The deductibility of available (but not collected) CPP disability benefits as “other income replacement assistance” was originally recognized by FSCO and the same reasoning has now been applied by the LAT. In 18-000729 v Northbridge Personal Insurance Corporation, 2020 CanLII 14425, the LAT held that the insurer was able to deduct the applicable quantum of CPP disability because the claimant was entitled to the benefit, despite that the claimant had not applied for the benefits.[1] Caselaw has found that although the claimant does not have an obligation to appeal decisions denying collateral benefits entitlement, they must apply for all available benefits.[2]

Employment Insurance Benefits/CERB

The deductibility of employment insurance (“EI”) benefits are largely dependent on the type of EI received and for what purpose they were received. EI benefits are specifically excluded from the definition of “other income replacement assistance”, but they can be deductible as “gross employment income”.

            EI sickness

In Aviva Insurance Company of Canada v Spence, 2022 ONSC 4988[3], the Divisional Court held that EI sickness benefits earned during a period of entitlement are deductible.

In that case,the claimant was employed as a full-time registered nurse, at the time of the accident. As a result of the accident, she applied for IRBs from her insurer and was entitled to $400.00 per week in accordance with her gross annual income. During her period of entitlement, she received EI sickness benefits in the amount of $562.00 per week.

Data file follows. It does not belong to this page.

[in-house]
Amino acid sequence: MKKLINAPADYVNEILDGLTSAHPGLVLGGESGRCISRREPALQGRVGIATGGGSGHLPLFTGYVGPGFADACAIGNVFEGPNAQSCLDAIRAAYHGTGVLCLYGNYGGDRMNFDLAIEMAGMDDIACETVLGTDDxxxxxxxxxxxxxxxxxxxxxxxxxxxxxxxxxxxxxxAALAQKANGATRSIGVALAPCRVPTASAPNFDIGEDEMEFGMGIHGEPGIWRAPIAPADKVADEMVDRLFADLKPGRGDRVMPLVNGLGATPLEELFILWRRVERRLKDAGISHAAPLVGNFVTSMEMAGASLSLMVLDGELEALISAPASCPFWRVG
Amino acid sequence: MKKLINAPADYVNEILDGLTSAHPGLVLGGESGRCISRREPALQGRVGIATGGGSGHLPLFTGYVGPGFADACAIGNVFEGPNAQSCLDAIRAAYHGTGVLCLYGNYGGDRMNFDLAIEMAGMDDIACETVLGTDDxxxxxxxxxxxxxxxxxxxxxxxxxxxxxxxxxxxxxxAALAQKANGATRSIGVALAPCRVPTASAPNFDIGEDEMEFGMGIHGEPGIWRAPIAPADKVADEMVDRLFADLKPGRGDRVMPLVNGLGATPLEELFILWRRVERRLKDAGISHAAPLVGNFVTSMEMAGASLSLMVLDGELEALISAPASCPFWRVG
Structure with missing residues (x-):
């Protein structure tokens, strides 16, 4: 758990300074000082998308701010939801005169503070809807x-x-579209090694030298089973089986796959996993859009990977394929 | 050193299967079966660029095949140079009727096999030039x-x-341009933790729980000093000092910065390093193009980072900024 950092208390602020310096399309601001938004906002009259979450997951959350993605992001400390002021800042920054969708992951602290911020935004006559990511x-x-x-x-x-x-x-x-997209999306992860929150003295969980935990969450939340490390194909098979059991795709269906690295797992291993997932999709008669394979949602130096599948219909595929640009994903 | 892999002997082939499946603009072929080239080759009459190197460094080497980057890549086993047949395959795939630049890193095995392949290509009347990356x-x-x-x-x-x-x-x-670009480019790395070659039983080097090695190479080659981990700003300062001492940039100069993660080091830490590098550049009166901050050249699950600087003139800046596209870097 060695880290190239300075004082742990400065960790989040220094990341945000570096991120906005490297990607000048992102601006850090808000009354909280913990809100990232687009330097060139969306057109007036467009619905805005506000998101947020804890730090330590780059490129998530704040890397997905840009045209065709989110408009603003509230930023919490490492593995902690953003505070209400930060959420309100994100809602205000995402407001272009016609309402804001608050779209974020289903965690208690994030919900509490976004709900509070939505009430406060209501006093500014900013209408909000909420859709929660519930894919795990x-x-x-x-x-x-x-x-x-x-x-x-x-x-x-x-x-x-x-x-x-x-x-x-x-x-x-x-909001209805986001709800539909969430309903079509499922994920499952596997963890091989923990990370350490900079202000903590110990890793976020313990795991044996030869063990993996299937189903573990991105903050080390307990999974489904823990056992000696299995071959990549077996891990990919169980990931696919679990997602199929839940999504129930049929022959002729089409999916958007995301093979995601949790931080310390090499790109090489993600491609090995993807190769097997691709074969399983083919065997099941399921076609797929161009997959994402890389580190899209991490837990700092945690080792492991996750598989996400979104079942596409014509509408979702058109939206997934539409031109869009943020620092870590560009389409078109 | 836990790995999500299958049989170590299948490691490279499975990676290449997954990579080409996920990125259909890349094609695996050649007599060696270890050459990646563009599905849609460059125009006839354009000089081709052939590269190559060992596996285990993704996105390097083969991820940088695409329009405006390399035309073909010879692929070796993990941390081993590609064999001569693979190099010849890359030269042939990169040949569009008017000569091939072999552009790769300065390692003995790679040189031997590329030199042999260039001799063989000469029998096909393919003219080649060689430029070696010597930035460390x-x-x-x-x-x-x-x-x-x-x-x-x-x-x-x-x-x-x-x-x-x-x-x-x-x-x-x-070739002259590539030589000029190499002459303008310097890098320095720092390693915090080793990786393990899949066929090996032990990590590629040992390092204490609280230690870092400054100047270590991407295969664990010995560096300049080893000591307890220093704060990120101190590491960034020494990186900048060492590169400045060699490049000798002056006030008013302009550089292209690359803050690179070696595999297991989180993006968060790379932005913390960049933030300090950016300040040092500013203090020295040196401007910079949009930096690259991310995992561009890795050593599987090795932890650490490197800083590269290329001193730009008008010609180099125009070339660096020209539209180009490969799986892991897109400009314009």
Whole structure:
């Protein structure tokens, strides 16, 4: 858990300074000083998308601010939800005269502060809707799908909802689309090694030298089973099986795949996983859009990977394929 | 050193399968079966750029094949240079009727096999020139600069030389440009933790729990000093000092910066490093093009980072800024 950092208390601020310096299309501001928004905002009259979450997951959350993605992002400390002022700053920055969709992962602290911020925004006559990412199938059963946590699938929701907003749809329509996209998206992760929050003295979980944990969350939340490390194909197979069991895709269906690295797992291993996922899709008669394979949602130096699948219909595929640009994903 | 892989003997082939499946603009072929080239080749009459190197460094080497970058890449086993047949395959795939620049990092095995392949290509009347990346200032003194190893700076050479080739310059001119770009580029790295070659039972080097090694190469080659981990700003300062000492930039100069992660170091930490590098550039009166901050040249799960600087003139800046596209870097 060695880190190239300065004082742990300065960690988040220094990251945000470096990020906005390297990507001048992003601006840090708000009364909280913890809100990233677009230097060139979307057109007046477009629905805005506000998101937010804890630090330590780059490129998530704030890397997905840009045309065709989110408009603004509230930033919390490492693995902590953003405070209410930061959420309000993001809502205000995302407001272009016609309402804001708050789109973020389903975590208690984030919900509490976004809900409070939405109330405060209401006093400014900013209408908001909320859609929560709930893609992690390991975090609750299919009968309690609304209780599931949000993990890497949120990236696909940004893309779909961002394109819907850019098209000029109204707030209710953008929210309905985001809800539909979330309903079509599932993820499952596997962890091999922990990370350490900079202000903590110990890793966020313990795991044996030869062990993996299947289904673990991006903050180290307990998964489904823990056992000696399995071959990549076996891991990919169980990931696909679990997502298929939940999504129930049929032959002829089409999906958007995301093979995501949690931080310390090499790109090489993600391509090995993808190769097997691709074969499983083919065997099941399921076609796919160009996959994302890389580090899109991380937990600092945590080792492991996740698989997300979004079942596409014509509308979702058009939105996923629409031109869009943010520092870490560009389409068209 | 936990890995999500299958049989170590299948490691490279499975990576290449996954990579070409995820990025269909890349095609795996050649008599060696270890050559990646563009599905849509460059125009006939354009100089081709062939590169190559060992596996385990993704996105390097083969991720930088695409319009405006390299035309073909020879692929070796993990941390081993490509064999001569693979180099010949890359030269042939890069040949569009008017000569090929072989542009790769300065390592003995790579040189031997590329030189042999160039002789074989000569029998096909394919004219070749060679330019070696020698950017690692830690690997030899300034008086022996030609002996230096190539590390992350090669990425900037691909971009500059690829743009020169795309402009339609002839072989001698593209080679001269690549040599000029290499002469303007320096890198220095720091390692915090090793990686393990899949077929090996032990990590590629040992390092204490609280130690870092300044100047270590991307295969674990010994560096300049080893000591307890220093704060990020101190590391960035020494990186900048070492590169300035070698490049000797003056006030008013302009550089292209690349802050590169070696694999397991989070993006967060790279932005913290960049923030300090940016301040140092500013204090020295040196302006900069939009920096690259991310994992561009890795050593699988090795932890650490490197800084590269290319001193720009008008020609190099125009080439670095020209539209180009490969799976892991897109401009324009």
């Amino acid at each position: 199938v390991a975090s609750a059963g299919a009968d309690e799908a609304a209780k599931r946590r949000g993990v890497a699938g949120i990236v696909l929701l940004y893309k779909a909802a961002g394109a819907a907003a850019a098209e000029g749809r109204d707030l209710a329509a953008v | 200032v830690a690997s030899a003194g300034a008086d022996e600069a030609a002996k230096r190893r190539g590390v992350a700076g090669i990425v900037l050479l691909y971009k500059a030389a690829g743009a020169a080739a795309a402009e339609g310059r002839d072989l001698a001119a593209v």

At first instance, and on Reconsideration, EI sickness benefits were not found to be proper deductions because the EI sickness benefits were found to be a non-deductible “temporary disability benefit” as defined in s.47(3)(f)(i) of the SABS. However, the Divisional Court held that EI sickness benefits should be deducted from IRBs as “gross employment income” under s.7(3) of the SABS. The Court explained that in all areas of the SABS where EI is referenced, it is clear that EI is treated as income, regardless of the reason for or the time at which the benefits are received.

            EI parental leave

In Manuel v Certas Direct Insurance Company, 2021 CanLII 2008[4], the LAT held that maternity leave benefits and the employer top-up amounts are deductible from IRBs as “gross employment income” under s.7(3) of the SABS.

In that case,the applicant went on maternity leave shortly after the accident and received EI maternity benefits. EI maternity benefits were found to fall within the definition of “gross employment income” as they are “any benefit received under the Employment Insurance Act”.

The LAT has further held that EI maternity benefits are deductible regardless of whether the benefit was being received before or was only commenced after the accident date (S.W. v Certas Insurance Company of Canada 2018 CanLII 83535[5]).


In Foster v Aviva General Insurance, 2021 CanLII 117413[6],the LAT held on Reconsideration that the Canada Emergency Response Benefit (“CERB”) which the claimant received during the COVID-19 pandemic was not “gross employment income” or “other remuneration from employment” because CERB eligibility was not “tied to employment status”. Therefore, CERB was found not to be deductible as per s.7(3) of the SABS.


What is and is not considered deductible from IRBs is often subject of debate, and hinges on the interpretation of the language in the SABS and the specific type of benefit payment available or received. The landscape may shift as the types and availability of government or private benefits change and as the interpretations of different LAT adjudicators may vary. 

As noted above, these interpretive decisions are often contested all the way to the Divisional Court before the industry is provided clarity and direction on appropriate collateral deductions. It is, therefore, important to stay up to date on developing caselaw and consider the potential availability of IRB deductions on a case by case basis.


[2] McBeth v Allstate Canada, 2022 CanLII 65584 at para 19 <>